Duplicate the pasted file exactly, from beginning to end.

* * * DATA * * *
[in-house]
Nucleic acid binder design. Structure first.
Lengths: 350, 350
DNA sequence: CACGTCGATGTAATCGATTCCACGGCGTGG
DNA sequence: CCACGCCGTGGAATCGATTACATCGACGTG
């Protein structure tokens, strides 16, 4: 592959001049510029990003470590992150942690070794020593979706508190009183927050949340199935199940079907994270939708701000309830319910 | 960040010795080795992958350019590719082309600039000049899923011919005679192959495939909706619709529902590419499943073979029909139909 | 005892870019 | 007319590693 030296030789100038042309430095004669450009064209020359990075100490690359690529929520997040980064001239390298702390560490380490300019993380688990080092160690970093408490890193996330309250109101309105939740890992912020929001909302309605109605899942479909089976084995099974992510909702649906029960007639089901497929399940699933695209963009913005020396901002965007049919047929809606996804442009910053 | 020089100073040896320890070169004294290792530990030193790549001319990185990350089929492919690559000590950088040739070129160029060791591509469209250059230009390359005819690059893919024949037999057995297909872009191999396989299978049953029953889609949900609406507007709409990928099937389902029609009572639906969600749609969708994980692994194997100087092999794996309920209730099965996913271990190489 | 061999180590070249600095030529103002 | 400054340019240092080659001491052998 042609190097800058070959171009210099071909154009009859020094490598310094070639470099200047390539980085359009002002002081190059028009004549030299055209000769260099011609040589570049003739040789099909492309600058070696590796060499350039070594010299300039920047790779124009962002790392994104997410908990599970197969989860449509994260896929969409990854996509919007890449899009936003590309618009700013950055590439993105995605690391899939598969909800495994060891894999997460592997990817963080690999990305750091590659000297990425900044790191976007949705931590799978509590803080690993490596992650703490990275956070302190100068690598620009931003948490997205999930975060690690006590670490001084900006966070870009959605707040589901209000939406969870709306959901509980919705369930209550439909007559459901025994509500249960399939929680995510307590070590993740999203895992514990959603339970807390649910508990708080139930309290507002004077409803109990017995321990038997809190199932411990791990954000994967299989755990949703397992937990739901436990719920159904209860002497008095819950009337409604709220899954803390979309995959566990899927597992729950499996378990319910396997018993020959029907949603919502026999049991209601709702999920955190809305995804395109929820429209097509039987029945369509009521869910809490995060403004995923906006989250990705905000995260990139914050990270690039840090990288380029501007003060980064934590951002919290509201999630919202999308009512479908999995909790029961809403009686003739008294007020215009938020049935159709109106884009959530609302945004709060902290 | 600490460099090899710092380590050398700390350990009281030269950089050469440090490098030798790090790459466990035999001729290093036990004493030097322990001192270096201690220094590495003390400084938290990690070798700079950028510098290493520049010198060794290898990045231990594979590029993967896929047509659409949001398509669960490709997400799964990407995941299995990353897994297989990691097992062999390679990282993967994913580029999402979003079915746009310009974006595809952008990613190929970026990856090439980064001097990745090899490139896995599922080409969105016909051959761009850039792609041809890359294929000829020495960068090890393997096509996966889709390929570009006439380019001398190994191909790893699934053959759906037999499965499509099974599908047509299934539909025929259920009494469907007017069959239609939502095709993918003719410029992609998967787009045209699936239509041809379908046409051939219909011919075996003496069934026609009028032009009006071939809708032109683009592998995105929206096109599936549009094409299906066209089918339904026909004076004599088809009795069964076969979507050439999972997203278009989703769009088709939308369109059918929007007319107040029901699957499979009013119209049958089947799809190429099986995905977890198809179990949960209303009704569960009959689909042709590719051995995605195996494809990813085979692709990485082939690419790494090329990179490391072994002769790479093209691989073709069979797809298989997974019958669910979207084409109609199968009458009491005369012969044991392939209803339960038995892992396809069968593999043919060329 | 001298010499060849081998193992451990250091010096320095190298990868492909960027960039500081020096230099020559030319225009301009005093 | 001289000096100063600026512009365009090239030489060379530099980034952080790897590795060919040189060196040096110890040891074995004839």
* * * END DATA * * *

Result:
[in-house]
Nucleic acid binder design. Structure first.
Lengths: 350, 350
DNA sequence: CACGTCGATGTAATCGATTCCACGGCGTGG
DNA sequence: CCACGCCGTGGAATCGATTACATCGACGTG
């Protein structure tokens, strides 16, 4: 592959001049510029990003470590992150942690070794020593979706508190009183927050949340199935199940079907994270939708701000309830319910 | 960040010795080795992958350019590719082309600039000049899923011919005679192959495939909706619709529902590419499943073979029909139909 | 005892870019 | 007319590693 030296030789100038042309430095004669450009064209020359990075100490690359690529929520997040980064001239390298702390560490380490300019993380688990080092160690970093408490890193996330309250109101309105939740890992912020929001909302309605109605899942479909089976084995099974992510909702649906029960007639089901497929399940699933695209963009913005020396901002965007049919047929809606996804442009910053 | 020089100073040896320890070169004294290792530990030193790549001319990185990350089929492919690559000590950088040739070129160029060791591509469209250059230009390359005819690059893919024949037999057995297909872009191999396989299978049953029953889609949900609406507007709409990928099937389902029609009572639906969600749609969708994980692994194997100087092999794996309920209730099965996913271990190489 | 061999180590070249600095030529103002 | 400054340019240092080659001491052998 042609190097800058070959171009210099071909154009009859020094490598310094070639470099200047390539980085359009002002002081190059028009004549030299055209000769260099011609040589570049003739040789099909492309600058070696590796060499350039070594010299300039920047790779124009962002790392994104997410908990599970197969989860449509994260896929969409990854996509919007890449899009936003590309618009700013950055590439993105995605690391899939598969909800495994060891894999997460592997990817963080690999990305750091590659000297990425900044790191976007949705931590799978509590803080690993490596992650703490990275956070302190100068690598620009931003948490997205999930975060690690006590670490001084900006966070870009959605707040589901209000939406969870709306959901509980919705369930209550439909007559459901025994509500249960399939929680995510307590070590993740999203895992514990959603339970807390649910508990708080139930309290507002004077409803109990017995321990038997809190199932411990791990954000994967299989755990949703397992937990739901436990719920159904209860002497008095819950009337409604709220899954803390979309995959566990899927597992729950499996378990319910396997018993020959029907949603919502026999049991209601709702999920955190809305995804395109929820429209097509039987029945369509009521869910809490995060403004995923906006989250990705905000995260990139914050990270690039840090990288380029501007003060980064934590951002919290509201999630919202999308009512479908999995909790029961809403009686003739008294007020215009938020049935159709109106884009959530609302945004709060902290 | 600490460099090899710092380590050398700390350990009281030269950089050469440090490098030798790090790459466990035999001729290093036990004493030097322990001192270096201690220094590495003390400084938290990690070798700079950028510098290493520049010198060794290898990045231990594979590029993967896929047509659409949001398509669960490709997400799964990407995941299995990353897994297989990691097992062999390679990282993967994913580029999402979003079915746009310009974006595809952008990613190929970026990856090439980064001097990745090899490139896995599922080409969105016909051959761009850039792609041809890359294929000829020495960068090890393997096509996966889709390929570009006439380019001398190994191909790893699934053959759906037999499965499509099974599908047509299934539909025929259920009494469907007017069959239609939502095709993918003719410029992609998967787009045209699936239509041809379908046409051939219909011919075996003496069934026609009028032009009006071939809708032109683009592998995105929206096109599936549009094409299906066209089918339904026909004076004599088809009795069964076969979507050439999972997203278009989703769009088709939308369109059918929007007319107040029901699957499979009013119209049958089947799809190429099986995905977890198809179990949960209303009704569960009959689909042709590719051995995605195996494809990813085979692709990485082939690419790494090329990179490391072994002769790479093209691989073709069979797809298989997974019958669910979207084409109609199968009458009491005369012969044991392939209803339960038995892992396809069968593999043919060329 | 001298010499060849081998193992451990250091010096320095190298990868492909960027960039500081020096230099020559030319225009301009005093 | 001289000096100063600026512009365009090239030489060379530099980034952080790897590795060919040189060196040096110890040891074995004839």